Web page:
What Facebook's Giphy deal means for Snapchat, Twitter, Gif-makers and data watchdogs
If there were a reaction Gif out of Facebook headquarters should its deal to buy Giphy be approved, it would be Jesse Eisenberg as Mark Zuckerberg in the movie "The Social Network" celebrating a new hire with a handshake: "Welcome to Facebook." Or it could be the Gif of a closeup of DJ Khaled pointing confidently at the camera mouthing his triumphant catchphrase, "Another one."
If the reaction were from Facebook rivals like Snapchat and Twitter, it could be any Gif of Ryan Reynolds acting exasperated, rolling his eyes and throwing his head back in disbelief: "Not again."
Then there is the reaction of the Federal Trade Commission. It is unknown how regulators will view the first major acquisition by the social network under a new oversight regime, but privacy watchdogs say that the proposed deal raises privacy and competition concerns.
On Friday, Facebook announced that it agreed to buy Giphy, a company that is one of the main sources of reaction Gifs shared on millions of mobile devices. Axios first reported the deal, which could cost $400 million.
Here is what the deal means, and why some data and privacy experts say it gives Facebook a powerful new weapon to wield against rivals:
What is Giphy?
The company was founded in 2013 as a site where people could search for Gifs, a video format that has become a popular medium for online communication. Giphy is one of the biggest repositories of Gifs, claiming it serves 10 billion pieces of content a day. It also reaches 700 million users through its partnerships with other apps, including Snapchat, Twitter, Slack, Skype and Telegram.
What will Facebook do with Giphy?
"We plan to further integrate their GIF library into Instagram and our other apps so that people can find just the right way to express themselves," Vishal Shah, VP of product at Facebook, in a blog post about the proposed deal.
Facebook said that 50 percent of Giphy's traffic already comes from Facebook, Instagram, Messenger and WhatsApp. Facebook also promises that Giphy will still be open to the third-party apps like Twitter and Snapchat.
Should Giphy partners worry?
Yes, according to developers and app experts, who say that Giphy gives Facebook a new source of data on competitors.
Sam McRoberts, CEO of VUDU marketing, says that Giphy is integrated into a lot of Facebook rivals. Giphy is a fixture in many mobile apps, "especially on Twitter and likely on many websites and blogs that use the embeds in their content," McRoberts says.
What edge can Facebook really get?
"If Facebook is allowed to complete this acquisition, Facebook will not only be ingesting user data across all the major social networks that have previously kept Facebook off their systems, particularly Twitter," says Zach Edwards, who is the founder of Victory Medium and an outspoken privacy advocate, "but they will also be in control of the only major animated-Gif sharing service, and can use this monopoly power against their competitors, most of whom are Giphy clients."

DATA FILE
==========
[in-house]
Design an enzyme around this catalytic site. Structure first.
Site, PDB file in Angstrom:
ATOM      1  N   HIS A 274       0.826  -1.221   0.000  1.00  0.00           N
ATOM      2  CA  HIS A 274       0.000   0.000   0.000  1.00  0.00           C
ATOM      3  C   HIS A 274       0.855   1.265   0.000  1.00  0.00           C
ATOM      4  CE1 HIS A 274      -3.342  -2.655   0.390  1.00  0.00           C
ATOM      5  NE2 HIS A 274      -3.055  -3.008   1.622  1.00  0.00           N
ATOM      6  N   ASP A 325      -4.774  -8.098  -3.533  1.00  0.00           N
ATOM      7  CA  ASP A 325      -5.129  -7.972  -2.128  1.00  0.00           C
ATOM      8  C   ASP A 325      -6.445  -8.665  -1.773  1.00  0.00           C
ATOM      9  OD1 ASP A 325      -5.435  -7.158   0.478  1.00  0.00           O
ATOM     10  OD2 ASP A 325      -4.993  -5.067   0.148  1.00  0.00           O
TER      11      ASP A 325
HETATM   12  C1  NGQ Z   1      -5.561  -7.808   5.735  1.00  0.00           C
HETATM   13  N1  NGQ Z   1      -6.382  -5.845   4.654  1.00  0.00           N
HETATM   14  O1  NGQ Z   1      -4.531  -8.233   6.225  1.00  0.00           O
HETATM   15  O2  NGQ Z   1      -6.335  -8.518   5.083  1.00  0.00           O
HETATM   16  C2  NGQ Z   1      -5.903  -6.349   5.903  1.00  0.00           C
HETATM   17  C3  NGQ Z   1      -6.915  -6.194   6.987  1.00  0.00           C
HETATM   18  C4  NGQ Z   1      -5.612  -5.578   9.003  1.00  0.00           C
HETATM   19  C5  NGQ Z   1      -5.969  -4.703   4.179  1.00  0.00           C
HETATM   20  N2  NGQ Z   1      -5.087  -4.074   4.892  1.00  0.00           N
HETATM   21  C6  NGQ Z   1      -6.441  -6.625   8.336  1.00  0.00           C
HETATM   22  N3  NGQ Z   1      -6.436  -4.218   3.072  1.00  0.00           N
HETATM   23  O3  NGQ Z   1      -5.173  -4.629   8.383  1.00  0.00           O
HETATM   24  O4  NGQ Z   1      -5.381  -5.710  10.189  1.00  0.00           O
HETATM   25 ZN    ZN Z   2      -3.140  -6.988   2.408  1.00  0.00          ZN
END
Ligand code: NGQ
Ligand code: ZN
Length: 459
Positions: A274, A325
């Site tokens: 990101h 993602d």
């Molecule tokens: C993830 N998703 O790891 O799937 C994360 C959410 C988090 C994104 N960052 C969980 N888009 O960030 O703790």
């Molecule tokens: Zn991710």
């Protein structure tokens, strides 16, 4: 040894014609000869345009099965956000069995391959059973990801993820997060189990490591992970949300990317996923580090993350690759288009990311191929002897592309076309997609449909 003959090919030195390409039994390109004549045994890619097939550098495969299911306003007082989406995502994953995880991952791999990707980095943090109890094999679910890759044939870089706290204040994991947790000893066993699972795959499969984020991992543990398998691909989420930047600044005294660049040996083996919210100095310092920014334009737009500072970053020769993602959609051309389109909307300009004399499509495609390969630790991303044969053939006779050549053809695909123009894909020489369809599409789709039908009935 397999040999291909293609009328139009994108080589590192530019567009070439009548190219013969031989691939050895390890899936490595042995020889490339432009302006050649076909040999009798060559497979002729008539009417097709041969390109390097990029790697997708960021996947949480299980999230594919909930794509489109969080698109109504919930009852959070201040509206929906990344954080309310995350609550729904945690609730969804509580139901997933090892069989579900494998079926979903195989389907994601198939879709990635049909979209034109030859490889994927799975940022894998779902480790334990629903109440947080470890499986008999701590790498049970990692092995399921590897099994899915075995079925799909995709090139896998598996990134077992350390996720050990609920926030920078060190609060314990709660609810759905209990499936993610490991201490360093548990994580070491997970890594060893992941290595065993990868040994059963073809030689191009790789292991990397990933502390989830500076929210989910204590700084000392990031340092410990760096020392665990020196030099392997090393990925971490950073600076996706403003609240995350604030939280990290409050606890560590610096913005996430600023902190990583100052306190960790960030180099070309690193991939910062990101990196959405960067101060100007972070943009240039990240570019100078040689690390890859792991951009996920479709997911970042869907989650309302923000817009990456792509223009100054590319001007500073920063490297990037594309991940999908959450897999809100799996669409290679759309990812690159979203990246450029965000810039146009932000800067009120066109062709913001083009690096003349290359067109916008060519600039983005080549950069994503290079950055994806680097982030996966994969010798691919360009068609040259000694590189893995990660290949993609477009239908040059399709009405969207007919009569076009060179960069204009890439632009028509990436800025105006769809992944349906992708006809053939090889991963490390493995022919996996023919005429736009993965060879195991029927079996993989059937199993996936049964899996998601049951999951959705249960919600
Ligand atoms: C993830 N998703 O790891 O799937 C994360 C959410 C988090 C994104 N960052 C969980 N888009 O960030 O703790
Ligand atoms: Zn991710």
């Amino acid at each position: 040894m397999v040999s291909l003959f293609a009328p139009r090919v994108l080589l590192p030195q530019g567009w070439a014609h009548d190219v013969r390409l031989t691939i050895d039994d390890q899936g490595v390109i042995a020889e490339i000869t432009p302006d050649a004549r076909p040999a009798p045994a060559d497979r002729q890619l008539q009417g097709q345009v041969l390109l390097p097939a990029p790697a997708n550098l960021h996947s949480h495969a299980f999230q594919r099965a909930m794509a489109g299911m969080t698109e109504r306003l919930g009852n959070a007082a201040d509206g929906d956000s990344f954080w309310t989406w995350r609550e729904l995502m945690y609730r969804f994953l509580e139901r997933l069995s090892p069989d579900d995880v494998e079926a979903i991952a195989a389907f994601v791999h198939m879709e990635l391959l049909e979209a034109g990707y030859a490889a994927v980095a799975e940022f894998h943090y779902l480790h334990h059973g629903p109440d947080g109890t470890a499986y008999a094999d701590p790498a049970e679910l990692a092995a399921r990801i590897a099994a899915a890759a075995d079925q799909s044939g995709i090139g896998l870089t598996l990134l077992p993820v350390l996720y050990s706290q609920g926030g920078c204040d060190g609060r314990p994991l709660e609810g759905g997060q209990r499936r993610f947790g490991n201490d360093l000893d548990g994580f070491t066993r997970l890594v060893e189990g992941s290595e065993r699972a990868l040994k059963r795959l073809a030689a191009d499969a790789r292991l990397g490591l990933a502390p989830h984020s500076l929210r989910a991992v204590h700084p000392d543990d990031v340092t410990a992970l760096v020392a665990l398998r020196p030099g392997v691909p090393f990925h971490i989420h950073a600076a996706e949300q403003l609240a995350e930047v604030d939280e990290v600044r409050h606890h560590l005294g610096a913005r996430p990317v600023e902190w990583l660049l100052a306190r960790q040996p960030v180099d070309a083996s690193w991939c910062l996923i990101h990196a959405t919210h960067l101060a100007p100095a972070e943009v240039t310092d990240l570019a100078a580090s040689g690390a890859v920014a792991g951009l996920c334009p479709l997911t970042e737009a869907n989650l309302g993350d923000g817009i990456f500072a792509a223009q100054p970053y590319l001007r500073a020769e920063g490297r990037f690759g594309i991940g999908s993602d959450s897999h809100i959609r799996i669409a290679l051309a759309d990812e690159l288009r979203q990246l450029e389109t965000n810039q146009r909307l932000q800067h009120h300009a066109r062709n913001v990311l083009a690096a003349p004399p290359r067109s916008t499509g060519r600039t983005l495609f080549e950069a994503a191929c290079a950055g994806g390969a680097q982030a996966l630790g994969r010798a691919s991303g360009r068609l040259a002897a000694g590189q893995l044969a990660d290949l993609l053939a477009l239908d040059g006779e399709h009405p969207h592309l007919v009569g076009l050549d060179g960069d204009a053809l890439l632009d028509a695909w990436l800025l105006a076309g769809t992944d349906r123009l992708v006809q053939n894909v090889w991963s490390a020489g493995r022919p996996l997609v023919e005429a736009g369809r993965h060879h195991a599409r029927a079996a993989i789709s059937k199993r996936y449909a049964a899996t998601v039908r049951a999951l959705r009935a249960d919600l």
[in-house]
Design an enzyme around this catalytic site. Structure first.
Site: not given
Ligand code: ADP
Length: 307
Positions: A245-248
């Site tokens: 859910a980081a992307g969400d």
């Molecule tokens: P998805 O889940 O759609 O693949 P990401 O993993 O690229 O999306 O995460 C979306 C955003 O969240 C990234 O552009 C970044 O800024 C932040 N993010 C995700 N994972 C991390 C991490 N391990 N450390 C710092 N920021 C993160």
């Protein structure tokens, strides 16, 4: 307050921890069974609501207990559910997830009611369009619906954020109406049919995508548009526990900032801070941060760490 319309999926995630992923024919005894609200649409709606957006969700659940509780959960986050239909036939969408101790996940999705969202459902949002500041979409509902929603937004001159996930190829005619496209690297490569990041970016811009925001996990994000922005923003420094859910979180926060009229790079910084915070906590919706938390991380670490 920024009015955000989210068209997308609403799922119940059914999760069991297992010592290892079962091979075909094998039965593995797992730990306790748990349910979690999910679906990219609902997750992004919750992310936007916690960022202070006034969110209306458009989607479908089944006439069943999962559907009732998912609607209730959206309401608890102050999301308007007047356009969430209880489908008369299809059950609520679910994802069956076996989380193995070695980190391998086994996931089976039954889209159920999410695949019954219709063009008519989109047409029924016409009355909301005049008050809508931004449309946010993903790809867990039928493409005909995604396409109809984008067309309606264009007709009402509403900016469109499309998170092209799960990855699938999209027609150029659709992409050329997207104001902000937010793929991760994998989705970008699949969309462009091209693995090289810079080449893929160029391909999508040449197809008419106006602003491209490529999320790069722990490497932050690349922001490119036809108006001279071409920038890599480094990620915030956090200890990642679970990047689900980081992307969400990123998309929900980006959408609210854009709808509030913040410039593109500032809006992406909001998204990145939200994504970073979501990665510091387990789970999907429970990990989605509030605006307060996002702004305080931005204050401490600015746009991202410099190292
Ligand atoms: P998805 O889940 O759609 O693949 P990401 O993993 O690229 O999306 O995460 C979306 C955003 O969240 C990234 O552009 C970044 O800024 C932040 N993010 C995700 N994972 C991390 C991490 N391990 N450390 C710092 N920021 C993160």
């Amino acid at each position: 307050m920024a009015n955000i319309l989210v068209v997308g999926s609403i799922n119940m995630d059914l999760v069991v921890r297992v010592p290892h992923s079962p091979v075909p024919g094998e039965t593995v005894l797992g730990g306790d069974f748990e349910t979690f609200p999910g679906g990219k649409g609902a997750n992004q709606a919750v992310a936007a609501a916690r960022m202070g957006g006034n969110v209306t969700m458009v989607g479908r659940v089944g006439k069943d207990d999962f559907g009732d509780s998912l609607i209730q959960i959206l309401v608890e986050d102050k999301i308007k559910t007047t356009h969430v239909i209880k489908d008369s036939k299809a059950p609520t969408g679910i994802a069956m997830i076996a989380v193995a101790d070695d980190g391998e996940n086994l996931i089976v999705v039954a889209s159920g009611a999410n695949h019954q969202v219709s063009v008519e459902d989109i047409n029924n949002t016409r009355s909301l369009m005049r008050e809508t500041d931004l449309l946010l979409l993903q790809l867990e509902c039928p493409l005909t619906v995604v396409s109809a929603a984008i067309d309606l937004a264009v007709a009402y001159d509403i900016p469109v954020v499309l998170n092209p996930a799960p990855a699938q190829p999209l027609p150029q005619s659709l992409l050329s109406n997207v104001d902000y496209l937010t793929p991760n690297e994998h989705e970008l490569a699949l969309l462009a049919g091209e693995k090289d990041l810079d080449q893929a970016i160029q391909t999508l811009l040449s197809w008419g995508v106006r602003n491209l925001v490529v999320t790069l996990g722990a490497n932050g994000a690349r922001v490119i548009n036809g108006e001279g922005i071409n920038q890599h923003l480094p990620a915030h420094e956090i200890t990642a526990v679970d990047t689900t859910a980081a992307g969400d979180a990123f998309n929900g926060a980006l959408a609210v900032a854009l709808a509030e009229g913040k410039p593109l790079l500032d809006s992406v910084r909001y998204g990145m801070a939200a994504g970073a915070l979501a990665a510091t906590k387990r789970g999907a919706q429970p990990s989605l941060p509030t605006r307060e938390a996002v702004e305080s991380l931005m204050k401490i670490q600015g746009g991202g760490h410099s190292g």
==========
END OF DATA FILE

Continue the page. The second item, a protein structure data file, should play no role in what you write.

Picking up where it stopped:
McRoberts says Giphy helps Facebook in its advertising, too. "I assume they’ll use this acquisition to augment their ad targeting database," McRoberts says, "and perhaps also display ads within the Giphy embeds potentially placing ads on sites who never intended that to be the case."
They're just Gifs. What’s the big deal?
A Facebook spokesman said that sharing a Gif is like sharing a link to a website and did not pose any deeper privacy concerns. There are no pixels, cookies or other tracking methods embedded in Gifs, the spokesman said.
That does not mean partners like Twitter will continue to enable Giphy content. These relationships are tricky. In 2012, after Facebook bought Instagram, it disabled sharing photos to Twitter. Twitter made an early decision to prevent Instagram users from finding friends through Twitter.
Snapchat and Twitter declined to comment on whether they would continue to work with Giphy.
What does this mean for Gif-makers?
"This a great opportunity for Giphy and content creators," says Glenn Woods, social media manager at TV One, who makes Gifs out of TV clips from the network. "The Giphy platform allows for our content to live longer than it might on air and truly allows our content to be a part of everyday conversation."
Woods says TV One’s Gifs have generated 2.5 billion views thanks to the sharing on Twitter and elsewhere.
Under Facebook, Giphy could improve the services it provides media partners, Woods says. For instance, Facebook could supply more data and analytics to the Gif-makers about how the video clips perform online.
Is the deal done?
The Federal Trade Commission still gets to review the trade. This year, Facebook signed a new agreement with the regulators after paying the largest fine in FTC history, $5 billion. That was for Facebook's role in Cambridge Analytica, the third-party data firm that misused data on close to 90 million Facebook users.
Now, Facebook works under a consent decree that means all its moves must adhere to stricter privacy and transparency rules. The FTC declined to comment for this story, but its rules mandate that any deal worth more than $94 million comes under review.
Facebook critics already argue against the deal. "If I were a regulator, I’d 100 percent block this acquisition," McRoberts says.